Imelda Nabanja Nsereko is in her mid-forties, frail with skin that shows the ravages of time. Her eyes begin to tear as she narrates her story. I am watching her in silence. She is also recently widowed from her second marriage.
When my first husband and I separated, it was because his family had put him under a lot of pressure to bear a son. He cheated with my sister and she bore him one after two girls. I had also given birth to three girls, and I stayed even when he started cheating with my sister. I left when he violent. Found a new man after five years and happily settled down.
In the 9th year, Tom (my first husband) died. Of course I was devastated. I had gone with two of my daughters and left him with the oldest. My sister raised the older girl with him, but even though she never mistreated her, their relationship was not good.
When he died, Tom’s family was not kind to me. I remember his sisters hurling insults at me as soon as I arrived for his funeral. His mother called me a white because I had given birth in another man’s home and the aunts could not stand the sight of me.
My three daughters faced a day worse than mine. Apart from enduring the rejection of “their family”, being called out to go find who their father is; because their mother was a slut, they were not given anything when time for sharing their deceased father’s properties came.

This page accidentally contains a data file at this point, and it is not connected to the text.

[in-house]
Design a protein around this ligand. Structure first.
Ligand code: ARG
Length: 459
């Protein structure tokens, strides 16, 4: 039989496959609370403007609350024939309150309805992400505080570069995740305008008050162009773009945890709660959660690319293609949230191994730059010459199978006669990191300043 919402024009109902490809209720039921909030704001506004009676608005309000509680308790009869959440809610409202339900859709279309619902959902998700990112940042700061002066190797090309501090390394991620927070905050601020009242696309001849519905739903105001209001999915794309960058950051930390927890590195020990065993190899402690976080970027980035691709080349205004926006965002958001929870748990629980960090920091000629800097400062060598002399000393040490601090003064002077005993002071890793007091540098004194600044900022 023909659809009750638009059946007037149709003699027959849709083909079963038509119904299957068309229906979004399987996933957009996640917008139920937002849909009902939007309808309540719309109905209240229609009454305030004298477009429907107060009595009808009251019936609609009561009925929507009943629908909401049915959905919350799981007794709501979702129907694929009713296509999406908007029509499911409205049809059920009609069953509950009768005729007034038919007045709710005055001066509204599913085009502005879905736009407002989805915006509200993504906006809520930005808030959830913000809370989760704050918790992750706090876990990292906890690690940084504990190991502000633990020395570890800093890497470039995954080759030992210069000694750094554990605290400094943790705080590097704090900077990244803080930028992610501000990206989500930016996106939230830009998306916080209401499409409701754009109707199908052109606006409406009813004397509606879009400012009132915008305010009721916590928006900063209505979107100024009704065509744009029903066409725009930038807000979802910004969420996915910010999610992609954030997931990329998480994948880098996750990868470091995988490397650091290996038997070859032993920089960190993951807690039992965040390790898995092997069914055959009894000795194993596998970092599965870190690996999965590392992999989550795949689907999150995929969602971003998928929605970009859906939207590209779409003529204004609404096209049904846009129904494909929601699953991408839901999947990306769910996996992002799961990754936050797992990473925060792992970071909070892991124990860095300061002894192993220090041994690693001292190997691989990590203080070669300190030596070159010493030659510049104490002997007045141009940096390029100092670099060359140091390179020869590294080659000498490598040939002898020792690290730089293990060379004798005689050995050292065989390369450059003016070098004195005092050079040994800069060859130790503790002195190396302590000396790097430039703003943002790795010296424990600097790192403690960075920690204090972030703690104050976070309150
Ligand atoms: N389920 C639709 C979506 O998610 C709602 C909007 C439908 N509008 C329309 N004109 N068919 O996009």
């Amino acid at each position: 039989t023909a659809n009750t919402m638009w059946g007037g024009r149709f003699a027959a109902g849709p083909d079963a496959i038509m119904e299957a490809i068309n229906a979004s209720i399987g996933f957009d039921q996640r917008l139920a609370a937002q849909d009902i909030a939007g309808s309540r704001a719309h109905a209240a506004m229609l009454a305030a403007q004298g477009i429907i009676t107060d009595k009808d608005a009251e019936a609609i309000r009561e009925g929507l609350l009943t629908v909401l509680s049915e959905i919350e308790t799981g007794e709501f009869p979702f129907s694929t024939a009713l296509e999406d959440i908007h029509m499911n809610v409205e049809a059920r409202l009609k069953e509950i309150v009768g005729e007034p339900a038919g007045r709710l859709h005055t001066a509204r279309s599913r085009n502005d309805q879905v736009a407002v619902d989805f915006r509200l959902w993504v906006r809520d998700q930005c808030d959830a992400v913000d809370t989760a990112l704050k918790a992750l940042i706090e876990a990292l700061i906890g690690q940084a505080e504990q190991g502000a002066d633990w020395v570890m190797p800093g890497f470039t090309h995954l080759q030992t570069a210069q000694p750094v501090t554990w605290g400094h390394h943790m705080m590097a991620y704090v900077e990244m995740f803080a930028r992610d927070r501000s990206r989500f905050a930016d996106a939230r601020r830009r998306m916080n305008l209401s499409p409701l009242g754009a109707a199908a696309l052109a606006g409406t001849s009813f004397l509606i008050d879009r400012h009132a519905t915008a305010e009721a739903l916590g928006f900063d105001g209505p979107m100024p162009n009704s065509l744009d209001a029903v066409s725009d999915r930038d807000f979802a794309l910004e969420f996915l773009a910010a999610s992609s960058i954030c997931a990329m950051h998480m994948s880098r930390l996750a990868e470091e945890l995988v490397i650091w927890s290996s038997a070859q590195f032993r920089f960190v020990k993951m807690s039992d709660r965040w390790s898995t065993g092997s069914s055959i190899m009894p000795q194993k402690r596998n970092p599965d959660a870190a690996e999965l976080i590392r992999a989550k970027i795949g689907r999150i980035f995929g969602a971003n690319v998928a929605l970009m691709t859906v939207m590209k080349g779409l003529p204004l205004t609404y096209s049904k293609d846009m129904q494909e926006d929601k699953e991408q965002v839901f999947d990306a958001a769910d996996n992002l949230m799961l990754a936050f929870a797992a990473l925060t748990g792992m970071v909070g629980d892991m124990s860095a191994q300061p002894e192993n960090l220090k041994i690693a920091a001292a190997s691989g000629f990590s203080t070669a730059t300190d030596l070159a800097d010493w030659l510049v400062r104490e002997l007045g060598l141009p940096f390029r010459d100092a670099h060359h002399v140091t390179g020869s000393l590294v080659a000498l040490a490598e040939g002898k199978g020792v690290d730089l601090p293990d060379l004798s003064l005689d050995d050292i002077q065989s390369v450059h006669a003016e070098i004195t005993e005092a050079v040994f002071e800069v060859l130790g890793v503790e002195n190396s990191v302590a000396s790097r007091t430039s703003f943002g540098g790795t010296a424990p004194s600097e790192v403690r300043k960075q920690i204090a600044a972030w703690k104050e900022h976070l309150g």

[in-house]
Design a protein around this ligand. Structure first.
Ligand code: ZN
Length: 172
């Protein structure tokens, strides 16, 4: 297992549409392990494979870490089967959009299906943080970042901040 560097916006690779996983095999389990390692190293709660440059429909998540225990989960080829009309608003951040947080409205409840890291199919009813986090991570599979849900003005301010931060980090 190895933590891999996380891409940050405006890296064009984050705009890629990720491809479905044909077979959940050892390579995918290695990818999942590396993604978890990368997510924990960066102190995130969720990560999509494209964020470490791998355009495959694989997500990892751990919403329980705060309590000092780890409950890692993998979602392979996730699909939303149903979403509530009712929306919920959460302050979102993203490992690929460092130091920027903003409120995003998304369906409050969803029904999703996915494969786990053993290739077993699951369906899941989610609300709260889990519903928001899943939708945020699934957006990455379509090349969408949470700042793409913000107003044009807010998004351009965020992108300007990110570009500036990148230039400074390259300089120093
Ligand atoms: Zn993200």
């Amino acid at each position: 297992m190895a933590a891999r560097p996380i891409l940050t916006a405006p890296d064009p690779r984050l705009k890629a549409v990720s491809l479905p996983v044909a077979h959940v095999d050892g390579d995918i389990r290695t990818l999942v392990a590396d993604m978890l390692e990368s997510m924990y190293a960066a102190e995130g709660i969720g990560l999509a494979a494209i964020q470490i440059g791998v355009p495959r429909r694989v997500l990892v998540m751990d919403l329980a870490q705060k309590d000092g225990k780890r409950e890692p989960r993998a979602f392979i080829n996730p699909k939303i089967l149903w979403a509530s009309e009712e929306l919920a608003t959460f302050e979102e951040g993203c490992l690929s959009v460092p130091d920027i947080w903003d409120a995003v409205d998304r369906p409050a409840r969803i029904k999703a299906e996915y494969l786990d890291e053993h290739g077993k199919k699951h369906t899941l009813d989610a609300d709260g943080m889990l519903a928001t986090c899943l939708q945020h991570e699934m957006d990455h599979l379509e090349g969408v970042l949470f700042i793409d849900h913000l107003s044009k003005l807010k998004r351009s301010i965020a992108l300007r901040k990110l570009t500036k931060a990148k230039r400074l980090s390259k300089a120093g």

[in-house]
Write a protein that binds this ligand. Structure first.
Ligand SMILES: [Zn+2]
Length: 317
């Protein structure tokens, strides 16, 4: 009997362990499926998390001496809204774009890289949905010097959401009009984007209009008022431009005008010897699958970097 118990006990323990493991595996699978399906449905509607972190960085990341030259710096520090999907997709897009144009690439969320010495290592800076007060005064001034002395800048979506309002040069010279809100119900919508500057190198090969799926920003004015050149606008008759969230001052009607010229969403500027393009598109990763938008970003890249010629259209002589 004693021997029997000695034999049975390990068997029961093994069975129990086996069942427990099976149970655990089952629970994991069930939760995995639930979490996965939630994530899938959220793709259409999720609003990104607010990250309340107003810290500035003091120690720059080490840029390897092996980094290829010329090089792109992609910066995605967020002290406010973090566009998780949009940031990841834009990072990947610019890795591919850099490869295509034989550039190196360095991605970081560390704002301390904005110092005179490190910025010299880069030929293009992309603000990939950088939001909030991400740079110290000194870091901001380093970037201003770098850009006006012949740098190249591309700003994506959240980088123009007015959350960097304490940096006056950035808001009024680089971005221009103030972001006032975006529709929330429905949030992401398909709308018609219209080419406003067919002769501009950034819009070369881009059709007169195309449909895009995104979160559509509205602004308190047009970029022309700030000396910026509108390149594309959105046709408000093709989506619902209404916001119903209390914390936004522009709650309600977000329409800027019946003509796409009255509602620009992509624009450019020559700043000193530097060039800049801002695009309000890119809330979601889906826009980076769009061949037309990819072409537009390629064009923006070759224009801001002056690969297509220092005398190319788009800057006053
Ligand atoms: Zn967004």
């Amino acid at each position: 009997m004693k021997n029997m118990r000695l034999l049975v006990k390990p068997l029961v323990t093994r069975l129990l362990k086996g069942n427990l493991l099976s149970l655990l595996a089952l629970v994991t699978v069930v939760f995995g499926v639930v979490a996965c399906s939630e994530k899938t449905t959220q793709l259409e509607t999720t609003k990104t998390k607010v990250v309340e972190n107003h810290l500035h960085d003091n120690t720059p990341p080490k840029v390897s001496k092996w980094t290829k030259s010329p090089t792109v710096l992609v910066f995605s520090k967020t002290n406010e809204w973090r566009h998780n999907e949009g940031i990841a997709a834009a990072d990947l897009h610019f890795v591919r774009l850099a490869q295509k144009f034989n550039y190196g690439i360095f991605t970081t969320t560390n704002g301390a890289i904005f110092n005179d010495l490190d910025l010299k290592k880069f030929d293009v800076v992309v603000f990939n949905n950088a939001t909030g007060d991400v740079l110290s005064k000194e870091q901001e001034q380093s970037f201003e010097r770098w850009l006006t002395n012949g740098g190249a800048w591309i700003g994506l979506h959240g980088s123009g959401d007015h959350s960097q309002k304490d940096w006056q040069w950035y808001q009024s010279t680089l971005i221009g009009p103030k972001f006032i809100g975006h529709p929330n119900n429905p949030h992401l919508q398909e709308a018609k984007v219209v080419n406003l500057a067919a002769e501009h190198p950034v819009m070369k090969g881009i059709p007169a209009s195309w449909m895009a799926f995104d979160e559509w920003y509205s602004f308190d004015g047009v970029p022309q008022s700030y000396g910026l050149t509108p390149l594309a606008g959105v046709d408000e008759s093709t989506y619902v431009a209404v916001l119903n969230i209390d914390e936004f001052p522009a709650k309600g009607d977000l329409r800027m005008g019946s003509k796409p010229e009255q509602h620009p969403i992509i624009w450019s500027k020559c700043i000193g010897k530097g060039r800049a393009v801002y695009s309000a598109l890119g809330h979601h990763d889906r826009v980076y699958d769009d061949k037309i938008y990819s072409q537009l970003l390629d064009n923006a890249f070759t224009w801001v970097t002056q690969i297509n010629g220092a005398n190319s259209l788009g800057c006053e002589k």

Because Liz was my sister, I expected her to be kind to her nieces (who in this case also qualify as her step daughters). But she watched as the family made her son heir and took the rest of the properties. At least Liz got the marital home which was initially mine and my children’s.
Tom’s family took over his other businesses. He had once talked about writing a will, but it was never spoken of during and after burial. My daughter’s were not given anything. even the oldest whom my sister would have taken care of was sent away from the house and pushed back into my care. My fiancée at the time accepted her. And we started raising our family of six children. Three girls from my last relationship and three boys with him.
However, he died from poisoning after a work meeting upcountry that same year. He did not have much honestly. So when he died, there wasn’t much of any inheritance to keep. But the one thing he left me, our home was also taken over by his older brother.
I was confused when he died. I lost consciousness for nearly a day, I’m told. When I regained consciousness, most of the belongings in the house has been taken away, the burial arrangements had fortunately been taken care of, but I had nothing left. Except for pictures, the clothes I was wearing and my six children to start from scratch again.
I wish I had been part of Tom’s will. I wish he had a lawyer. Maybe if I had known that two years from the time of my second husband’s death, I would be living in a small mud house in Katanga, then maybe I would have grabbed as much wealth from my first marriage as I could.
As told to Douglas D. Sebamala